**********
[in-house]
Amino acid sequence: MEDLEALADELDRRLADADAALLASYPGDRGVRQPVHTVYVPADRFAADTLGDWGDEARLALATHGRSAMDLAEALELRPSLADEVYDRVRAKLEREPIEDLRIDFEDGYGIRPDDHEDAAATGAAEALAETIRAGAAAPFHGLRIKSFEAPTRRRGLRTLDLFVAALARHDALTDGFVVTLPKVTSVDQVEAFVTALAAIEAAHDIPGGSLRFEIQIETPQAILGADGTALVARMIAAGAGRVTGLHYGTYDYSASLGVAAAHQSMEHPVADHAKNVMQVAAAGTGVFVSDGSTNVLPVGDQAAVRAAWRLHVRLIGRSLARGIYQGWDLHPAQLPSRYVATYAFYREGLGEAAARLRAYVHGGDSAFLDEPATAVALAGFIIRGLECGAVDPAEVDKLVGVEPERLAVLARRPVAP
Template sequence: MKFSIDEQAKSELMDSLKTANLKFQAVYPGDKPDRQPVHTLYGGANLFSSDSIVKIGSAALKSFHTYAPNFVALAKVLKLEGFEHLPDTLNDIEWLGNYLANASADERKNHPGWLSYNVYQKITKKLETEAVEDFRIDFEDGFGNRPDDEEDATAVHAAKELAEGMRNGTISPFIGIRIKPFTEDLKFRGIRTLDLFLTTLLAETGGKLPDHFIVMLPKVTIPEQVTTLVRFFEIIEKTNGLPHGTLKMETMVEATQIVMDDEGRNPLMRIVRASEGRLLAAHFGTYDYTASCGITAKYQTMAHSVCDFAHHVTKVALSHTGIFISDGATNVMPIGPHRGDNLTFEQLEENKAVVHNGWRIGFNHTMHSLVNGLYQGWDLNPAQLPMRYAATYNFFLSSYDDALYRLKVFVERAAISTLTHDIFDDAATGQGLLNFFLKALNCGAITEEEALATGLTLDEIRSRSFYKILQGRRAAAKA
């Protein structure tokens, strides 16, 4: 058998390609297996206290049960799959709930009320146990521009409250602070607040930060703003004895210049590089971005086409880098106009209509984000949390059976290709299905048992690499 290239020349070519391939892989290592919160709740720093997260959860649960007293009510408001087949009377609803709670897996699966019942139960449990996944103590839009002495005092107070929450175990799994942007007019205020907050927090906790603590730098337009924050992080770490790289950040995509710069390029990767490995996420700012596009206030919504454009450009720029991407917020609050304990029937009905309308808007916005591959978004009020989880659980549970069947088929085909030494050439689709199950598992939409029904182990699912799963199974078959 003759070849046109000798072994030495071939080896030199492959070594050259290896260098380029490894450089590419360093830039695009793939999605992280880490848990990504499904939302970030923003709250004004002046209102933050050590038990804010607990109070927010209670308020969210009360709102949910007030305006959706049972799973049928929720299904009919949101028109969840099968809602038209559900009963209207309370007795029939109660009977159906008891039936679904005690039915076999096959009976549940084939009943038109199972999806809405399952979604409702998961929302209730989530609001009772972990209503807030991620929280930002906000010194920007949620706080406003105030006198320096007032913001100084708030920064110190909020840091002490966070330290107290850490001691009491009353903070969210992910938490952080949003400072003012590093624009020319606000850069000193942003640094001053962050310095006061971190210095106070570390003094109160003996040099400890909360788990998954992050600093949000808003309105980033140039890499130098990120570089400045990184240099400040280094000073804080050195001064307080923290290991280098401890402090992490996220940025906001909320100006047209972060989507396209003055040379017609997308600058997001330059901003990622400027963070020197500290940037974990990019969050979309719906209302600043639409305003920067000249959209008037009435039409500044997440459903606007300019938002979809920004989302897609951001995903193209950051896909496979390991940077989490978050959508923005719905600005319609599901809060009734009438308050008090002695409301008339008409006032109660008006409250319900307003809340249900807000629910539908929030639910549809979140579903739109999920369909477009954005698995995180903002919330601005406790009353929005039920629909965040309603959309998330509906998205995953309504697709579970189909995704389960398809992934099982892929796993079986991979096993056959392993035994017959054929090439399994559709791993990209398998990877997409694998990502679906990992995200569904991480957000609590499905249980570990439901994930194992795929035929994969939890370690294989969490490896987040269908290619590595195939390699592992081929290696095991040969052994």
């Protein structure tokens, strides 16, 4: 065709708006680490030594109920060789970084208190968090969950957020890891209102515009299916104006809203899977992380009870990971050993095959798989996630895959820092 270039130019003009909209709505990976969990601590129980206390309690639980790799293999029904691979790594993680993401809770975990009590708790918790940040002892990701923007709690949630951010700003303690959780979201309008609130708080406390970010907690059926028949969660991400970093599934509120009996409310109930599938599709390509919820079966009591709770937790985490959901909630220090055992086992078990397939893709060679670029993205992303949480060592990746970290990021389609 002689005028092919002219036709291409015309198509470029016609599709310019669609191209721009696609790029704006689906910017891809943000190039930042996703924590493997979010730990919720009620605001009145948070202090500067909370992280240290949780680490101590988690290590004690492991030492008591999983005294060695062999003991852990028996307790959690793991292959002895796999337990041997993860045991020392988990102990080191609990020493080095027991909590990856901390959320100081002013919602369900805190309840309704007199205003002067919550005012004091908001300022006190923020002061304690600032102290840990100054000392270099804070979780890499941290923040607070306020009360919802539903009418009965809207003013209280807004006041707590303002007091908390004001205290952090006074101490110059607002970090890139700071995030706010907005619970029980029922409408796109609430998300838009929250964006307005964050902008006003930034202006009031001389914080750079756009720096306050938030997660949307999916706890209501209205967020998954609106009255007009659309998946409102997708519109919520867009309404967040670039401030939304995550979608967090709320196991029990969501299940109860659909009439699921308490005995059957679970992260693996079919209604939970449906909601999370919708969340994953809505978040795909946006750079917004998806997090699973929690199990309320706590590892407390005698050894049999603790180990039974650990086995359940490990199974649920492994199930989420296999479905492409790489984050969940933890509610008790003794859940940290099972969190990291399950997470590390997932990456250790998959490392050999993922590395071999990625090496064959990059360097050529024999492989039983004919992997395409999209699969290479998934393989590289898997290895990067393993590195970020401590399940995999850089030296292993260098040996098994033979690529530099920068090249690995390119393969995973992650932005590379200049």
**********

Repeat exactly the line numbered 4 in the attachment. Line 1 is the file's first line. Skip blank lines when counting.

């Protein structure tokens, strides 16, 4: 058998390609297996206290049960799959709930009320146990521009409250602070607040930060703003004895210049590089971005086409880098106009209509984000949390059976290709299905048992690499 290239020349070519391939892989290592919160709740720093997260959860649960007293009510408001087949009377609803709670897996699966019942139960449990996944103590839009002495005092107070929450175990799994942007007019205020907050927090906790603590730098337009924050992080770490790289950040995509710069390029990767490995996420700012596009206030919504454009450009720029991407917020609050304990029937009905309308808007916005591959978004009020989880659980549970069947088929085909030494050439689709199950598992939409029904182990699912799963199974078959 003759070849046109000798072994030495071939080896030199492959070594050259290896260098380029490894450089590419360093830039695009793939999605992280880490848990990504499904939302970030923003709250004004002046209102933050050590038990804010607990109070927010209670308020969210009360709102949910007030305006959706049972799973049928929720299904009919949101028109969840099968809602038209559900009963209207309370007795029939109660009977159906008891039936679904005690039915076999096959009976549940084939009943038109199972999806809405399952979604409702998961929302209730989530609001009772972990209503807030991620929280930002906000010194920007949620706080406003105030006198320096007032913001100084708030920064110190909020840091002490966070330290107290850490001691009491009353903070969210992910938490952080949003400072003012590093624009020319606000850069000193942003640094001053962050310095006061971190210095106070570390003094109160003996040099400890909360788990998954992050600093949000808003309105980033140039890499130098990120570089400045990184240099400040280094000073804080050195001064307080923290290991280098401890402090992490996220940025906001909320100006047209972060989507396209003055040379017609997308600058997001330059901003990622400027963070020197500290940037974990990019969050979309719906209302600043639409305003920067000249959209008037009435039409500044997440459903606007300019938002979809920004989302897609951001995903193209950051896909496979390991940077989490978050959508923005719905600005319609599901809060009734009438308050008090002695409301008339008409006032109660008006409250319900307003809340249900807000629910539908929030639910549809979140579903739109999920369909477009954005698995995180903002919330601005406790009353929005039920629909965040309603959309998330509906998205995953309504697709579970189909995704389960398809992934099982892929796993079986991979096993056959392993035994017959054929090439399994559709791993990209398998990877997409694998990502679906990992995200569904991480957000609590499905249980570990439901994930194992795929035929994969939890370690294989969490490896987040269908290619590595195939390699592992081929290696095991040969052994």